Higher-Highs

"I made my money by selling too soon."
-Bernard Baruch
 
I doubt I made anyone money yesterday. I'd been selling into May's month-end markups last week, and I kicked off the new month making more sales. In the face of a pending US Dollar crisis, I didn't think that the US market could make higher-highs. That was obviously wrong.
 
The US stock market took continued US Dollar weakness yesterday and did with it what it has been doing for the better part of the US Dollar's recent -12% crash - it REFLATED. Fundamentally, that makes sense to me... in the immediate term.
 
So what do higher-highs mean? Well, for one, they provide one more rear-view reason for stocks to go higher. Although many market players like to call it something else, the reality is that since the 2002 lows, the US market has been populated with investors who literally buy high with the hope of selling higher. Where do you think CNBC came up with the name Fast Money?
 
Not recognizing that plenty of investors chase using a one-factor model (price momentum), is plain ignorant. Over the years, I have learned the lessons of price momentum the hard way. Today, I have my own process to measure price momentum within a multi-factor model that considers other critical data like volume and volatility. This isn't rocket science. It's math. And anyone who has proven to be able to make money in the last 18 months is using it, as they should, in order to proactively manage risk.
 
Risk, as the short sellers of everything Roubini Depressionista low can explain, works both ways. To ignore a +39.3% price move in the SP500 since March 9th and/or to waive it off as "not being based on fundamentals" surely provides the basis for one to have assets under management redeemed. Redemptions also work both ways - and don't underestimate the tail risk associated with an all-out resurgence of the redemption cycle in the hedge fund community where guys are getting squeezed.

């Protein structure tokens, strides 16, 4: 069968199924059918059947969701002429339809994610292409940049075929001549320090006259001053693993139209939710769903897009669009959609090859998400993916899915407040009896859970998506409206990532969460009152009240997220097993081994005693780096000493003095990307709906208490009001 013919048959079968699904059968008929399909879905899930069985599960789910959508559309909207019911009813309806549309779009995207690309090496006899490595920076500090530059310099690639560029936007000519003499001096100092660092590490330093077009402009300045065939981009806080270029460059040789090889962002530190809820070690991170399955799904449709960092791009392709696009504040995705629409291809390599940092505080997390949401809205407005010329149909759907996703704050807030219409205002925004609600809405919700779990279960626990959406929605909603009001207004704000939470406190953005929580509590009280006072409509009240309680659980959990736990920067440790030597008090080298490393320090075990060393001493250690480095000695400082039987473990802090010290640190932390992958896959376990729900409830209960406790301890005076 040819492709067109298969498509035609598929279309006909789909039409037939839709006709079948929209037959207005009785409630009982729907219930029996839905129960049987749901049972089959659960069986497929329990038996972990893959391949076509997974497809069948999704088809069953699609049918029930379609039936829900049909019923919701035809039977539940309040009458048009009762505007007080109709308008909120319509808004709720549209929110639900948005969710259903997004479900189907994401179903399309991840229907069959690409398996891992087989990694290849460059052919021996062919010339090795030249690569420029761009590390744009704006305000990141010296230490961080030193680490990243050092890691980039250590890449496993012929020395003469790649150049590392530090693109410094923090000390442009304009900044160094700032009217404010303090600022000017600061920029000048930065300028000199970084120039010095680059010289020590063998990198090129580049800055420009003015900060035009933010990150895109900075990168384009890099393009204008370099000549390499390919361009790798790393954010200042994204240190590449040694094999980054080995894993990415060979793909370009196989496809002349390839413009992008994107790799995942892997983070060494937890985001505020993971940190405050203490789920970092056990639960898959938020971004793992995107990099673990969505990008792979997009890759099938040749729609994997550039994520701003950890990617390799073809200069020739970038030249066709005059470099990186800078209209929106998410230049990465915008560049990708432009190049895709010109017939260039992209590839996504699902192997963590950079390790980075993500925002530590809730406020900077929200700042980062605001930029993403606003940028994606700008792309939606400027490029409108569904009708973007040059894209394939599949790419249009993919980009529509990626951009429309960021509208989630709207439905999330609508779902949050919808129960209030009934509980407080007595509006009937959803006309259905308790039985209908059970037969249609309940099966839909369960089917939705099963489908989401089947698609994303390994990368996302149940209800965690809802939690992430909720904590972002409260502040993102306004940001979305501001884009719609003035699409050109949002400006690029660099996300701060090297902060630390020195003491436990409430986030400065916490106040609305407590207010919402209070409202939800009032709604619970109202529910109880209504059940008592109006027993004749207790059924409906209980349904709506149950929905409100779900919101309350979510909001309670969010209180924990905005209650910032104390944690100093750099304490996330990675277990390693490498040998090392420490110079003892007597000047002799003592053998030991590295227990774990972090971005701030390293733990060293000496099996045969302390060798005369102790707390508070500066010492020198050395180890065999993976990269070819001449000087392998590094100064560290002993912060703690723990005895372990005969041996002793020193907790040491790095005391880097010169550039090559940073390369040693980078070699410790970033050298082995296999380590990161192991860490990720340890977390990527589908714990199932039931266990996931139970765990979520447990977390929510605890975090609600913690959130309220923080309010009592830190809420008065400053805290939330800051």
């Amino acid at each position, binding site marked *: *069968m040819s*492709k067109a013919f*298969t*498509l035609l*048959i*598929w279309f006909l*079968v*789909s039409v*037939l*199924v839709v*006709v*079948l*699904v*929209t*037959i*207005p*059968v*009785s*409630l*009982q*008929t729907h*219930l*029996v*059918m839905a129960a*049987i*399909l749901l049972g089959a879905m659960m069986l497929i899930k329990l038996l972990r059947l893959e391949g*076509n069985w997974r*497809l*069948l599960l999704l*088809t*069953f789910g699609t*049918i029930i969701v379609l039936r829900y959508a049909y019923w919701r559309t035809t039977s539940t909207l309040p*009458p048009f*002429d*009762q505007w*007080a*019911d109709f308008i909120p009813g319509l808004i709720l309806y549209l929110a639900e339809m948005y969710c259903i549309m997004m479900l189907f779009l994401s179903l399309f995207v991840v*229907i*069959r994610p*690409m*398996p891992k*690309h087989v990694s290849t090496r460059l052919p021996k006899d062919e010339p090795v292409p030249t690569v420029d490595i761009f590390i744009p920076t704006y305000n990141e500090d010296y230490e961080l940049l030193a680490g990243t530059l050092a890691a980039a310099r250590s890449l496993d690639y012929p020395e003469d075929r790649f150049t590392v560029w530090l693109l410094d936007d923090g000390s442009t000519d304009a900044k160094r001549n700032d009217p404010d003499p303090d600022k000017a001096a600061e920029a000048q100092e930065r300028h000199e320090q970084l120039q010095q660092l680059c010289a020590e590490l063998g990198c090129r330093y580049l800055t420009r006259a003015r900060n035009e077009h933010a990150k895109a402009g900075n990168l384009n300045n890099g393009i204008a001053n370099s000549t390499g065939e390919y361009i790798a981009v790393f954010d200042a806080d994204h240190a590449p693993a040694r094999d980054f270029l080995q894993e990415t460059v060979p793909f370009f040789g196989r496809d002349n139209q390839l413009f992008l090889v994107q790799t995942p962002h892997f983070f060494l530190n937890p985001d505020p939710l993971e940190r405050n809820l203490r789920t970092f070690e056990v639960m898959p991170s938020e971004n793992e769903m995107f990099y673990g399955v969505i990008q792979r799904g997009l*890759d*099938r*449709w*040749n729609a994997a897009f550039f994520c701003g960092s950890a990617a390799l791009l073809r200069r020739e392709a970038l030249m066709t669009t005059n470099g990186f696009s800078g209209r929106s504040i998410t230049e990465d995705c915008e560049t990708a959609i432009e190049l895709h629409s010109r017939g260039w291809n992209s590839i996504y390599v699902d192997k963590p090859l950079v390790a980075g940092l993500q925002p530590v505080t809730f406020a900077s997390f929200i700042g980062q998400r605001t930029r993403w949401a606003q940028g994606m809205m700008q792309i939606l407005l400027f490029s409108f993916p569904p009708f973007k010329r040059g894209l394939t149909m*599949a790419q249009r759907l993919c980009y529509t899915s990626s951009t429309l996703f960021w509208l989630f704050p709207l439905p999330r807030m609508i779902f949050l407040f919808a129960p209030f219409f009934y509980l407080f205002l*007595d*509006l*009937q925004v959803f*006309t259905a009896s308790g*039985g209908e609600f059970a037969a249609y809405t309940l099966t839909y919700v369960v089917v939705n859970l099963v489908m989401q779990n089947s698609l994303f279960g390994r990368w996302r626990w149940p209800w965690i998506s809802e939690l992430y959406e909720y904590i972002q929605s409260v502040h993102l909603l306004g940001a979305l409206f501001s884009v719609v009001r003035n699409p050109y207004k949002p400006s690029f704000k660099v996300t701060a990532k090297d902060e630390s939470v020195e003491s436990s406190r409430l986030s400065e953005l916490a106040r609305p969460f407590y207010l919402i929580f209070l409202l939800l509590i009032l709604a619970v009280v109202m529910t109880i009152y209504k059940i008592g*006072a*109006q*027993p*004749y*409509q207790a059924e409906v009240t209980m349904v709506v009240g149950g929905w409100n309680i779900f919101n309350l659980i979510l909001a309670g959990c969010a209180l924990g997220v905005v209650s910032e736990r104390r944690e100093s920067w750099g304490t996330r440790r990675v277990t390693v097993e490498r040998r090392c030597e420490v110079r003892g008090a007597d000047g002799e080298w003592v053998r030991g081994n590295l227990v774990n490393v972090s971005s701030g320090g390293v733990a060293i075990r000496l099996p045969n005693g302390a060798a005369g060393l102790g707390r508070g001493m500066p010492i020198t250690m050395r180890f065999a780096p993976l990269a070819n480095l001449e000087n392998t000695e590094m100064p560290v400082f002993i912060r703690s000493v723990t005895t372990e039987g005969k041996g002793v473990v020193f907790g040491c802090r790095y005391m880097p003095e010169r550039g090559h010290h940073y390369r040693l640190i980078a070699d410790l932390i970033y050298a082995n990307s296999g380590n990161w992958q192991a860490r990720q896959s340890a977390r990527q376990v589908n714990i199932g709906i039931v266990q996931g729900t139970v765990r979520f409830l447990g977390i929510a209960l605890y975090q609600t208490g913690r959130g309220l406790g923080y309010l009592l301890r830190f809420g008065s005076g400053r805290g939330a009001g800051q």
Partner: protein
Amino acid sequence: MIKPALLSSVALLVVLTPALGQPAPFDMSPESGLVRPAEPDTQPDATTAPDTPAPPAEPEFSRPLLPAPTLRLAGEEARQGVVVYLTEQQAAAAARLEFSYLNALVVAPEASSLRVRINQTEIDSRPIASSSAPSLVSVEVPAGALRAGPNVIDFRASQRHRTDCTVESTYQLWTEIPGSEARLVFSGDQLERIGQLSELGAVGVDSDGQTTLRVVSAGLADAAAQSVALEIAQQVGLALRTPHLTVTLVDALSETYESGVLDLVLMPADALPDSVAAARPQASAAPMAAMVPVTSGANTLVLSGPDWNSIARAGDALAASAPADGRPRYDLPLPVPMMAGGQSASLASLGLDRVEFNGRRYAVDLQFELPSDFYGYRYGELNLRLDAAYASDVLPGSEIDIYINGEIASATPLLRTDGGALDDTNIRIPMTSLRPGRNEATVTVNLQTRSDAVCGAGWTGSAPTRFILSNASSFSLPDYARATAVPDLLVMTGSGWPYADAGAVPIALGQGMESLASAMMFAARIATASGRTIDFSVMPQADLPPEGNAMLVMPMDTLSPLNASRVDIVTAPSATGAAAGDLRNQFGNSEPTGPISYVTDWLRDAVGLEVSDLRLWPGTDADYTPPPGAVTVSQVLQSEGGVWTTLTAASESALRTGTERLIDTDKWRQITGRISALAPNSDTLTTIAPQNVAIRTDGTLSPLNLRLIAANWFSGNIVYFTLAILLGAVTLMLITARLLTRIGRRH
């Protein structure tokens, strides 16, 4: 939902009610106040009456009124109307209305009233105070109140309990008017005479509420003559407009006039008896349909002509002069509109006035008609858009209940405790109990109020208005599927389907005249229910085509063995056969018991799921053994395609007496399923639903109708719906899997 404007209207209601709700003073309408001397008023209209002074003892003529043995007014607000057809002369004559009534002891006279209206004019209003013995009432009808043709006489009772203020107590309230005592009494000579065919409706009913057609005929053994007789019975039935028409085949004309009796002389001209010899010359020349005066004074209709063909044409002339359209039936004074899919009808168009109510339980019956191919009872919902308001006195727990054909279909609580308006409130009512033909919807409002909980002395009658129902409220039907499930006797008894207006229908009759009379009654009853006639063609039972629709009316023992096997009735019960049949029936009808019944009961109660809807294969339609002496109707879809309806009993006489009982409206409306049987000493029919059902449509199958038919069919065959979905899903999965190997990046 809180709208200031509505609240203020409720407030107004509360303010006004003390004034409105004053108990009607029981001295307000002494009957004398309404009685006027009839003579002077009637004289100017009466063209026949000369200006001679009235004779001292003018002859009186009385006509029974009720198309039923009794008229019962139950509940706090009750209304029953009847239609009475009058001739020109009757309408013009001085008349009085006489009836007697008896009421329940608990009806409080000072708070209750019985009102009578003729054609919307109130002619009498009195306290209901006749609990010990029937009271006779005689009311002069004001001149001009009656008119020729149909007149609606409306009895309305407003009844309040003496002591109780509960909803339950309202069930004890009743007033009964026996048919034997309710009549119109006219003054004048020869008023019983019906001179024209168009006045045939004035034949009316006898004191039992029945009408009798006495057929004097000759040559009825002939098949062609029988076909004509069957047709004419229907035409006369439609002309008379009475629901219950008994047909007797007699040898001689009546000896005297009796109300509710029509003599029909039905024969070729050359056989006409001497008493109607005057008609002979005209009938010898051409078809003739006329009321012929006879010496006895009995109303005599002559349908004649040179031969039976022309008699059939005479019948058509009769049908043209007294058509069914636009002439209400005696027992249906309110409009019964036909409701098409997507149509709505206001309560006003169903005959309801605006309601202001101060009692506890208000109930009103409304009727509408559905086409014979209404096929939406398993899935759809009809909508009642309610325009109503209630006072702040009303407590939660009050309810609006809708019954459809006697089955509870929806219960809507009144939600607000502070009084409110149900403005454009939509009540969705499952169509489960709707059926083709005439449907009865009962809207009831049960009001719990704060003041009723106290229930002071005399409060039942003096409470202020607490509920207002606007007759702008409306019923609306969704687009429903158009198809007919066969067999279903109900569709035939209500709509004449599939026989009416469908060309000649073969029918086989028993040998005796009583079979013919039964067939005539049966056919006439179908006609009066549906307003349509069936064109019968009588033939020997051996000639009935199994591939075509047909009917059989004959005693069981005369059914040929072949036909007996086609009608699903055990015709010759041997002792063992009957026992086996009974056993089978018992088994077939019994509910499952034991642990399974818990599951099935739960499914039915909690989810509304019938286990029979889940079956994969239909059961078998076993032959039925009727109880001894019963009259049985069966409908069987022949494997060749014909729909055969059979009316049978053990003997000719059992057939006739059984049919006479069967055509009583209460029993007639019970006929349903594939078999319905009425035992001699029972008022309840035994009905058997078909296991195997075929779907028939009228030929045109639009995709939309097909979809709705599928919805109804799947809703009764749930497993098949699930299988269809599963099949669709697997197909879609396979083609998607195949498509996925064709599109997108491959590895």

I have had my fair share of dances with the bear. I have also been squeezed, royally. But I have learned from those experiences - live ammo leaves a mark. So what does that do for me today? Well, for starters, it makes me wait... acutely address the probability of risk versus reward... and deal with exposures at a measured pace.
 
In the last few weeks I have made one major move - selling longs. I have taken the number of long positions in the virtual portfolio down from 38 to 13. On the short side, I have done a whole heck of a lot of nothing, keeping the number of short positions I have held in the last 3-months in the range of 8-12. No, that's not a lot of short positions. And yes, that's why I have had such a good 3-month run. Not being short was actually a better call than being long. At this stage of the market's 2009 game, a clanging monkey could perform the former strategy.
 
Yesterday's game is over - today we are tasked with playing the game that's in front of us - so here are some things to consider in terms of how to manage risk from here:
 
1.      In the immediate term, I have SP500 upside at 955 and downside at 906 - that's a negative risk reward on a very short term duration

2.      In the intermediate term, I have SP500 upside at 989 - that's 5% left in the trough-peak intermediate term rally

3.      In the intermediate term, I have a significant range of downside support for the SP500 between 828-895 - that's nowhere near the March 9th low

 
Altogether what does this mean? Well, top to bottom (989 to 828) I see a 16% trading range. And basically it means that, on both sides of the bullish to bearish debate, the BIG moves are behind us, for now...